Congress to Gut State Medical-Privacy
Congress has latched onto legislation
to create a national health-information system: the Health Information
Technology Promotion Act of 2005 (H.R. 4157). However, Citizens' Council on Health Care
(CCHC) says the legislation-and its plan-is not the good idea
it's portrayed to be.
CCHC has published a chart, including
analysis of the bill language and implications for the public
if H.R. 4157 passes: http://www.cchconline.org/pdf/HR-4157-CCHC-ANALYSIS-2-09-06.pdf.
"This bill gives the federal government
complete control over private medical data. It advances a national
health surveillance system-a system where the patient's data
is shared, assessed, analyzed, collected, and used without the
patient's consent or knowledge," said Twila Brase, president
She clarified, "If this bill passes,
there will be virtually no escape for the public. The so-called
federal medical-privacy rule (HIPAA) eliminated patient consent
requirements. This bill allows the federal government to gut
stronger state privacy laws. Together they will lead to the
end of personal and medical privacy for all American citizens."
"This legislation is not supported
by citizens," argued Brase. "It's not supported by patients. No doubt, the only ones
who will support it are those who want free and easy access
to patient data-without any worry about being sued."
Brase said the bill will:
strong state medical-privacy laws;
to national patient tracking and identification numbers;
an intrusive and expensive federal bureaucracy;
frank communication between patients and doctors; and
no patient behind.
- CCHC Press Release, "Congress to Gut State Medical-Privacy
Laws?" February 9, 2006.
- To read the bill, search bill text under "H.R. 4157" at
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$5.5 Billion in 2007 Budget for Building
a "Federal Health Architecture"
The President's 2007 budget allocates
$5.5 billion for developing a "federal health architecture"
(FHA). According to the budget-report section titled "Analytical
Perspectives," the U.S. Department of Health and Human Services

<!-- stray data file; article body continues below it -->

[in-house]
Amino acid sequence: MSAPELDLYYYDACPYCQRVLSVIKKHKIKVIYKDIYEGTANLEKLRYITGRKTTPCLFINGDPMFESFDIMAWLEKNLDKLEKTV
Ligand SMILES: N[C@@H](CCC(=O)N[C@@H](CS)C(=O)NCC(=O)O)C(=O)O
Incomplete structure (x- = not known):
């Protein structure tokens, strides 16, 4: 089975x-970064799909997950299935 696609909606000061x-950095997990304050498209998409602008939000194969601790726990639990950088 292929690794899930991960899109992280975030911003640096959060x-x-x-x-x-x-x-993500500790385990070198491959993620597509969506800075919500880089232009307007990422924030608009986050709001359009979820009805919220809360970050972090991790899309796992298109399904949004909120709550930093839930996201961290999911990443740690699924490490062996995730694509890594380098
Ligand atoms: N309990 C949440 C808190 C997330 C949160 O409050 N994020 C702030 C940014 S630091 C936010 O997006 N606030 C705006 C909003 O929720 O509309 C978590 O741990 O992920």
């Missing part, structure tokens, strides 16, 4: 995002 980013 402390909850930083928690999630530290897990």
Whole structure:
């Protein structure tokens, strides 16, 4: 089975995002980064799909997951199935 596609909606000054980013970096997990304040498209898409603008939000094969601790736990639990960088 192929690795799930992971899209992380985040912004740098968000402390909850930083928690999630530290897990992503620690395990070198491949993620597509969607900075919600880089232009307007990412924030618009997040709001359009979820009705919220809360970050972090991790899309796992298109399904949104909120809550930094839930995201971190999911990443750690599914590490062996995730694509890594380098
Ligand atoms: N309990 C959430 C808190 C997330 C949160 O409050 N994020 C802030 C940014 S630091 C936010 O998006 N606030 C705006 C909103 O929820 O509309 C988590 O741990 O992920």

(HHS) continues to work through the Office of the National Coordinator
for Health Information Technology (ONCHIT) to develop the FHA. The report states, "Throughout
the coming year, the Administration will continue to focus on
the improvement of the quality and efficiency of health care
by ensuring the appropriate steps are taken to eventually
enable Federal health information technology systems to share
health information amongst Federal agencies, with the
private sector, and with other governmental entities. Specifically,
the Administration will focus on the areas of standards implementation,
additional standards development and harmonization, alignment
of agency investments, and increased interoperability" (emphasis
ONCHIT's website gives an overview
of its goal of making health information "interoperable" so
that it can be exchanged more easily: "The Consolidated Health Informatics (CHI) initiative
will establish a portfolio of existing clinical vocabularies
and messaging standards enabling federal agencies to build interoperable
federal health data systems. This commonality will enable all federal agencies to 'speak the same language'
and share that information without the high cost of translation
or data re-entry. Federal agencies could then pursue projects
meeting their individual business needs aimed at initiatives
such as sharing electronic medical records and electronic patient
identification" (emphasis added).
- "Analytical Perspectives: Budget of
the United States Government Fiscal Year 2007" (see page 152):
- Office of the National Coordinator for Health Information
Technology (ONC), "Presidential Initiatives": (http://www.hhs.gov/healthit/chiinitiative.html).
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Comptroller General Urges Congress
to Re-examine Federal Health Spending
David M. Walker, Comptroller General
of the United States, has urged Congress to carefully re-examine
federal health spending and its impact on our nation's long-term
fiscal outlook. Following
are important excerpts from Walker's recent House Budget Committee
testimony that may be of special interest to Health Freedom Watch readers: